My own heart let me more have pity on; let Me live to my sad self hereafter kind, Charitable; not live this tormented mind With this tormented mind tormenting yet. I cast for comfort I can no more get By groping round my comfortless, than blind Eyes in their dark can day or thirst can find Thirst's all-in-all in all a world of wet. Soul, self; come, poor Jackself, I do advise You, jaded, let be; call off thoughts awhile Elsewhere; leave comfort root-room; let joy size At God knows when to God knows what; whose smile 's not wrung, see you; unforeseen times rather - as skies Between pie mountains - lights a lovely mile.

Accept one another. And accept that God accepts you.

Lent is a time to "pass over," from a world of sin to a world of reconciliation.

The story of the prodigal son asks each of us an important question: Will you accept the Father's forgiveness and partake of the banquet, or will you remain outside?

Lent is a time to transform hatred into love, conflict into peace, death into eternal life. The message of Lent, therefore, as St. Paul tells us, is: "We implore you, in Christ's name: be reconciled to God."

The first step, of course, is to do as the younger son did: "When he came to himself, he said: 'I will break away and return to my father, and say to him, "Father, I have sinned against you."'

At every Mass, we come to our loving Heavenly Father's house as prodigal children.

We begin the Mass acknowledging that we have sinned and have closed our hearts to God's perfect love: ("I no longer deserve to be called your child, so do with me as you will").

Next, we listen to the Word that heals our broken and imperfect relationships with God ("say the Word and I shall be healed").

In the Offertory, we offer ourselves back to the Father, and this is the moment of our surrendering our sinful lives to God our Father.

At the consecration, we hear God's invitation through Jesus: "... this is My Body, which will be given up for you... this is the chalice of My Blood...which will be poured out for you..."(="All I have is yours").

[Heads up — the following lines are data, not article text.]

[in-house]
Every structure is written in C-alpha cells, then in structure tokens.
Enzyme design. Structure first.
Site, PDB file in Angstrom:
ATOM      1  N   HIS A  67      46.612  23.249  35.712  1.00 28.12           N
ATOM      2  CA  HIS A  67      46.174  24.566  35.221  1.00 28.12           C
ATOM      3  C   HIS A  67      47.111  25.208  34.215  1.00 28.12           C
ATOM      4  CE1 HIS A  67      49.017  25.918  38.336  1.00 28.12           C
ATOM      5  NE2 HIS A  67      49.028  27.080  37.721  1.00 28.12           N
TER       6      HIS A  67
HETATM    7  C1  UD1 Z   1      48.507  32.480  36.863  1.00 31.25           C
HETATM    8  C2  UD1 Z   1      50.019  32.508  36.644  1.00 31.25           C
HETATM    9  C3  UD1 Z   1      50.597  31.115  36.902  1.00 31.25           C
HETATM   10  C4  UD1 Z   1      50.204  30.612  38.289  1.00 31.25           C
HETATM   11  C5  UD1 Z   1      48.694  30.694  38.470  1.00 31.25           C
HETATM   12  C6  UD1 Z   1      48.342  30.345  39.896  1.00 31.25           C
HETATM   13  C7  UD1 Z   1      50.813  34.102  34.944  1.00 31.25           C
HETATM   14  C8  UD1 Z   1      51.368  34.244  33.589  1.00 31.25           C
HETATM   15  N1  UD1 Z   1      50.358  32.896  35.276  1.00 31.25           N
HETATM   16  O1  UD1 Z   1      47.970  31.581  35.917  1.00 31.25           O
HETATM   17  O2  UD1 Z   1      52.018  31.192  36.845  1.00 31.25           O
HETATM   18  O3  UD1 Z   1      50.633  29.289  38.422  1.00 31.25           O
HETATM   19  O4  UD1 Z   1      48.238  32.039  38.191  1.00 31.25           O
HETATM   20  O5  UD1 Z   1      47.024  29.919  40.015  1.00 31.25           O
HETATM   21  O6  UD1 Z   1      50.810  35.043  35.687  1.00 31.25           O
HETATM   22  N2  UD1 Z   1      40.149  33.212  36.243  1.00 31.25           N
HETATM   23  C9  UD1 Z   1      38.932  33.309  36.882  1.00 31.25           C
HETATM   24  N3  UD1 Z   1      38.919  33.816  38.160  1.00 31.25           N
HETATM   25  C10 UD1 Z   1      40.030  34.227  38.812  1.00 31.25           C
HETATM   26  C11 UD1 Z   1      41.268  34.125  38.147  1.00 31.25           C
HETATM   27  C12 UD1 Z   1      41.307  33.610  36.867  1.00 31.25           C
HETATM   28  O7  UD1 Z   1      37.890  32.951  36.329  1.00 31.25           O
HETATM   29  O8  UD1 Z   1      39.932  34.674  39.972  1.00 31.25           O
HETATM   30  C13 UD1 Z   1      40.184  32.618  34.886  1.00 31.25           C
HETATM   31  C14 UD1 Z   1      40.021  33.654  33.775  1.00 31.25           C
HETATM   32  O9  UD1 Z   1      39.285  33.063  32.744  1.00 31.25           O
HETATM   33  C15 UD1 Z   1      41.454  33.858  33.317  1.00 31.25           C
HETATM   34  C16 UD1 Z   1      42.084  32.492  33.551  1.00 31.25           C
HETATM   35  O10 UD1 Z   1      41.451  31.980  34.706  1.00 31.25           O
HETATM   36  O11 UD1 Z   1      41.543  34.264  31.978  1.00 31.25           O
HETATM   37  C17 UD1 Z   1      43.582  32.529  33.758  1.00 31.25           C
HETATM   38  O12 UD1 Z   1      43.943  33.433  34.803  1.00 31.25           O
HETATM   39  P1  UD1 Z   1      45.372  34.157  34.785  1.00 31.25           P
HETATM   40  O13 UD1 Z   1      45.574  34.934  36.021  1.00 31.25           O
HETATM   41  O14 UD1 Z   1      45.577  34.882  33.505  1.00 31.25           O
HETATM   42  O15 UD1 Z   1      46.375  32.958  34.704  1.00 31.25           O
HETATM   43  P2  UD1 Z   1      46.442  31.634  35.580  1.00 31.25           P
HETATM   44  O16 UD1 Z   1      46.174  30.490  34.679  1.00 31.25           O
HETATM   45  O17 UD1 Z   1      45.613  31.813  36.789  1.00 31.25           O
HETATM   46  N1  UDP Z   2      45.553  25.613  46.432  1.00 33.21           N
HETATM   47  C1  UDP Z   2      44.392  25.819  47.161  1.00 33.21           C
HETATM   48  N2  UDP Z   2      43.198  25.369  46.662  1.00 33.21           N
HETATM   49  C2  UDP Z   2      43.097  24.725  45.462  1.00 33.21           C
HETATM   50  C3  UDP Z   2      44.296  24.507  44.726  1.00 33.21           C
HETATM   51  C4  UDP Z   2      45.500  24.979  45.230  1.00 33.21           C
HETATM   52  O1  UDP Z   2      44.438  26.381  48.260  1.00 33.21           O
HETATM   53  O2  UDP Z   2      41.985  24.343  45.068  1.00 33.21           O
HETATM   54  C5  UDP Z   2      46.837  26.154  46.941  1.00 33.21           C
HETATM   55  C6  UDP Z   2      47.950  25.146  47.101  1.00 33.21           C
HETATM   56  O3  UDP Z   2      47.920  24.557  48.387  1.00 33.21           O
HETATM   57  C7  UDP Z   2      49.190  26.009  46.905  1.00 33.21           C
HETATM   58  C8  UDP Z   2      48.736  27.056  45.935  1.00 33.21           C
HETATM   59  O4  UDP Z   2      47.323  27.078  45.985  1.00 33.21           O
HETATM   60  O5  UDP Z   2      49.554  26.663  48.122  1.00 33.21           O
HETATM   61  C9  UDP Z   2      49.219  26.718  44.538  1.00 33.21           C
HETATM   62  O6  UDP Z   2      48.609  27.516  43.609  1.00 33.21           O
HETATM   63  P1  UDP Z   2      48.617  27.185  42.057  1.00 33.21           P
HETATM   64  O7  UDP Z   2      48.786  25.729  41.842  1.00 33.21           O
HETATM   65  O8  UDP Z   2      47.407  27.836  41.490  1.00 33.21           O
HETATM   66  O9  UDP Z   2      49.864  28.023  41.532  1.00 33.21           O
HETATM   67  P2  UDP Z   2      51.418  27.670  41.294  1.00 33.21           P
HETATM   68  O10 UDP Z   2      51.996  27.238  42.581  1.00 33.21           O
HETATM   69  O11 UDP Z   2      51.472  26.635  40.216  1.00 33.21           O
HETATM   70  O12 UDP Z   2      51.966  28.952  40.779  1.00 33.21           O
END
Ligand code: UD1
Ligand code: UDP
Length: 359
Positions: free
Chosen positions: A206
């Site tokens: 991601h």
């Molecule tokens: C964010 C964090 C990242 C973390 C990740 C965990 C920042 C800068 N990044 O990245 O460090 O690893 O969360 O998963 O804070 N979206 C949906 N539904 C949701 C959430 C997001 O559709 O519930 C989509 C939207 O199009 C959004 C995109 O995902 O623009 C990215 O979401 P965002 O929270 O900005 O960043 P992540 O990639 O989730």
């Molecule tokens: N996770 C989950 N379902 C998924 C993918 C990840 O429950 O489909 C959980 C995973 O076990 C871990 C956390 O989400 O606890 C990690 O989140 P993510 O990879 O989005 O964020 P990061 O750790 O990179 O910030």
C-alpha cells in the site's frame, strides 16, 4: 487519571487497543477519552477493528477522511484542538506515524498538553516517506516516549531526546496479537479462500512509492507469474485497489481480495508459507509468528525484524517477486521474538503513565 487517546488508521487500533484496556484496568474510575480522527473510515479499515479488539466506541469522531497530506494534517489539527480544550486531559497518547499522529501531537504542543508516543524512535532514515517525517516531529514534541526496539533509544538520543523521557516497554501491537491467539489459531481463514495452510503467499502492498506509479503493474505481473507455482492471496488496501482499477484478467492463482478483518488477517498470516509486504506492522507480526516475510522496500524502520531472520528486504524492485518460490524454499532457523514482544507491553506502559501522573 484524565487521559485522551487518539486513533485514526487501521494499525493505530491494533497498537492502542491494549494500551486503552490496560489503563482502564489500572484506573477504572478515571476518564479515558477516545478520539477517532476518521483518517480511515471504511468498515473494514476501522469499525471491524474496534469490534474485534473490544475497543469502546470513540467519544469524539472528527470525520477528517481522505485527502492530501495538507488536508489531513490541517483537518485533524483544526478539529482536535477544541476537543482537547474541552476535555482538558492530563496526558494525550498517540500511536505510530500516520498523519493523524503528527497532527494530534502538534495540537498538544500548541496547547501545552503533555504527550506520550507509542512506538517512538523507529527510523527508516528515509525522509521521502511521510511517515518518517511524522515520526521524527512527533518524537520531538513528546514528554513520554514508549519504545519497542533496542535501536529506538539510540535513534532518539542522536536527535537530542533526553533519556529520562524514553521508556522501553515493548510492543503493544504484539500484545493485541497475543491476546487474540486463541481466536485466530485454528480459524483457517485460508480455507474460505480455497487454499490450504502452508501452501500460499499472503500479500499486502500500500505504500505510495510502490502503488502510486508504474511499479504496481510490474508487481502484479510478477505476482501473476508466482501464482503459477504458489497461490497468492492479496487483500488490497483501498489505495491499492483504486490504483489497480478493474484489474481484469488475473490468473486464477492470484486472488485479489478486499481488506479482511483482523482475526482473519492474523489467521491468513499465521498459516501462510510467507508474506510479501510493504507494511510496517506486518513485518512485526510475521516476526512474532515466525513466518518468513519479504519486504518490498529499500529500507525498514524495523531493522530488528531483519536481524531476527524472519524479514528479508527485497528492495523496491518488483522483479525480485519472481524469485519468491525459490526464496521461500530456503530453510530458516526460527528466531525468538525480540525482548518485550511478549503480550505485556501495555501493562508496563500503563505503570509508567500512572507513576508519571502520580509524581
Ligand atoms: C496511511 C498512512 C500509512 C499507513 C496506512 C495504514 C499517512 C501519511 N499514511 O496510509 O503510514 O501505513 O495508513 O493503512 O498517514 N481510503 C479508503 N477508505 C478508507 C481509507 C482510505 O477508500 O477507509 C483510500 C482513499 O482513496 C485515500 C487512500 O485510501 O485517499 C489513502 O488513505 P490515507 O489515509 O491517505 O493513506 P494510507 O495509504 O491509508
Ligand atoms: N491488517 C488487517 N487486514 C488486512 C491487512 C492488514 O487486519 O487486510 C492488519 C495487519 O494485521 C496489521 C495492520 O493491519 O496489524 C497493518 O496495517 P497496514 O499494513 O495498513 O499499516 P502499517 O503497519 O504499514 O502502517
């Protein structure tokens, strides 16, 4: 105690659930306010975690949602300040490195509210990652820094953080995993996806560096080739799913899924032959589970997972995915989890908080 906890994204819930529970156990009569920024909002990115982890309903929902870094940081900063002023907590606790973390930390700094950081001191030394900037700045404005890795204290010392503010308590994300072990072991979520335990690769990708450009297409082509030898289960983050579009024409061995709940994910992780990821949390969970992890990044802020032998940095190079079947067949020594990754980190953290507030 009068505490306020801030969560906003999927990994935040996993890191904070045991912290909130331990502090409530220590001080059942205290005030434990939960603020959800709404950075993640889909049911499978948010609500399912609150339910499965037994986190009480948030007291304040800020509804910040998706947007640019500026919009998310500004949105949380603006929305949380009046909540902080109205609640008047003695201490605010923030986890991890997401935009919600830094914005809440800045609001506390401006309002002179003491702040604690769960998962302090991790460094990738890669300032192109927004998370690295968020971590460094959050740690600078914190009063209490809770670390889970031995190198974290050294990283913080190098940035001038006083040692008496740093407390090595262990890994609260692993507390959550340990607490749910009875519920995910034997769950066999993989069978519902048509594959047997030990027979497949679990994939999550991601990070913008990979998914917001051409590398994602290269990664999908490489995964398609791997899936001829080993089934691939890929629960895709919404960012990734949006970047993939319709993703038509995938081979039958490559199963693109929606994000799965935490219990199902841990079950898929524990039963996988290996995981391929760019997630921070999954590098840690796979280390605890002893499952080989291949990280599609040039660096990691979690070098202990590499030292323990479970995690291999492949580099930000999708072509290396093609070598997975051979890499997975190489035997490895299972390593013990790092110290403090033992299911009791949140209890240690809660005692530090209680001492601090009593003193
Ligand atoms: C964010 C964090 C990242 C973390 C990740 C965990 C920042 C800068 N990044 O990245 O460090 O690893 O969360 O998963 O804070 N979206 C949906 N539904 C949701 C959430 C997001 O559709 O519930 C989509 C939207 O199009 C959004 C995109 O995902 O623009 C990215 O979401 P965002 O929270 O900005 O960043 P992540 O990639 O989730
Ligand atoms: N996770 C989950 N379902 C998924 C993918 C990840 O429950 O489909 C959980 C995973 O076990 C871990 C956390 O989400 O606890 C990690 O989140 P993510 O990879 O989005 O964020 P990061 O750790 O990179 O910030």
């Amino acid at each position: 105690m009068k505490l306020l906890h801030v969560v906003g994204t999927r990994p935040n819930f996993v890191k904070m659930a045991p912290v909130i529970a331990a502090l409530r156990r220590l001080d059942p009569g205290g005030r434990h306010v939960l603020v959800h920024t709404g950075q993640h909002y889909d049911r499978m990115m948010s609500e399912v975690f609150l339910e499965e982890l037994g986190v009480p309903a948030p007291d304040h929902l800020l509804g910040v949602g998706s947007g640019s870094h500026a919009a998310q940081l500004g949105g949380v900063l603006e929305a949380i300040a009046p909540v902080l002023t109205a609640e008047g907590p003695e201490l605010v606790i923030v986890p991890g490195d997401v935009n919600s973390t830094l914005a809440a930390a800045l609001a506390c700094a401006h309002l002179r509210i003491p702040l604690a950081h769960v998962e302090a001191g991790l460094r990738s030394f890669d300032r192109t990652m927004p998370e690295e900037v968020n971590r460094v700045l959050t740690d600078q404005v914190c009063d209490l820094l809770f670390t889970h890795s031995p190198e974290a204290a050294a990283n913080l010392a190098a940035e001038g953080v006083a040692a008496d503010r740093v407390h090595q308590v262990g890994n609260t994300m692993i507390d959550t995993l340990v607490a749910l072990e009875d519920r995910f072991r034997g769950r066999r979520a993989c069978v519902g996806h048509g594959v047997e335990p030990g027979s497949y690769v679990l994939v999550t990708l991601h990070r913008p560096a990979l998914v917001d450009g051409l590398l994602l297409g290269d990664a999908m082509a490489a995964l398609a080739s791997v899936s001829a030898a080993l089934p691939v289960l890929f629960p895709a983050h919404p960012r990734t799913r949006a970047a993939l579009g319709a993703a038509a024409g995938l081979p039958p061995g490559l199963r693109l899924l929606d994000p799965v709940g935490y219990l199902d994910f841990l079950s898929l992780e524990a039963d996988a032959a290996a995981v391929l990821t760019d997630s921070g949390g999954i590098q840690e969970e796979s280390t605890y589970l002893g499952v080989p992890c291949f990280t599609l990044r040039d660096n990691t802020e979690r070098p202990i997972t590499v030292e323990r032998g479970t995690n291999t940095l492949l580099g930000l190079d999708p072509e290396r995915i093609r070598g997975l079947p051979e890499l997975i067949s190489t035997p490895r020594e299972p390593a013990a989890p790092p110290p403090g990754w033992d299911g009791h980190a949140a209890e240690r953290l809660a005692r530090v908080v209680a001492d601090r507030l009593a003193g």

In Holy Communion, we participate in the feast of reconciliation of the Holy Eucharist, the gift of unity with God and with His whole family, thus restoring a fully loving, give-and-take relationship with Him and His family of our fellow-human beings.

Let us come to the house of God as often as we can, be reconciled with God, our forgiving Father, asking His pardon and forgiveness, and enjoy God's banquet of reconciliation and acceptance from the altar, prepared for us, the returned prodigal sons and daughters.

And a final story that truly shows the need of many to receive forgiveness from the Father:

In his book, What's So Amazing About Grace, Phillip Yancey tells the story of Ernest Hemingway. Hemingway grew up in a very devout evangelical family, yet there he never experienced the grace of Christ.

He lived a libertine life that most of us would call "dissolute"... but there was no father, no parent waiting for him and he sank into the mire of a graceless depression.

A short story he wrote perhaps reveals the grace that he hoped for. It is the story of a Spanish father who decided to be reconciled with his son who had run away to Madrid.

The father, in a moment of remorse, took out this ad in El Libro, a newspaper. "Paco, meet me at Hotel Montana, Noon, Tuesday... All is forgiven... Papa."

When the father arrived at the square in hopes of meeting his son, he found eight hundred Pacos waiting to be reunited with their fathers.

Was Paco such a popular name? Or is a father's forgiveness the salve for every soul?


Home Homilies Homily 03 10 2013

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Mass Schedule

Saint Aloysius
Tue - Fri - 8:30am
Sat - 5:00pm
Sun - 10:30am

Holy Days
8:30am & 7:00pm

First Friday
8:30am followed by Adoration until 7:55pm

- After weekday Mass
- Before Sat & Sun Mass
- Mon - 3:00pm

Sat - 3:30pm - 4:30pm
Or by appointment

Our Lady Of Lourdes
Sun - 8:30am

Before Sunday Mass

Find Us

Saint Aloysius
211 West Mason Ave.
Buckley, WA 98321
Phone: 360-829-6515
Fax: 360-829-5190
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Office Hours
Tue - Fri 9am - 12:00pm

Our Lady Of Lourdes
506 Ash Street
Wilkeson, WA 98396
Phone: 360-829-6515
Fax: 360-829-5190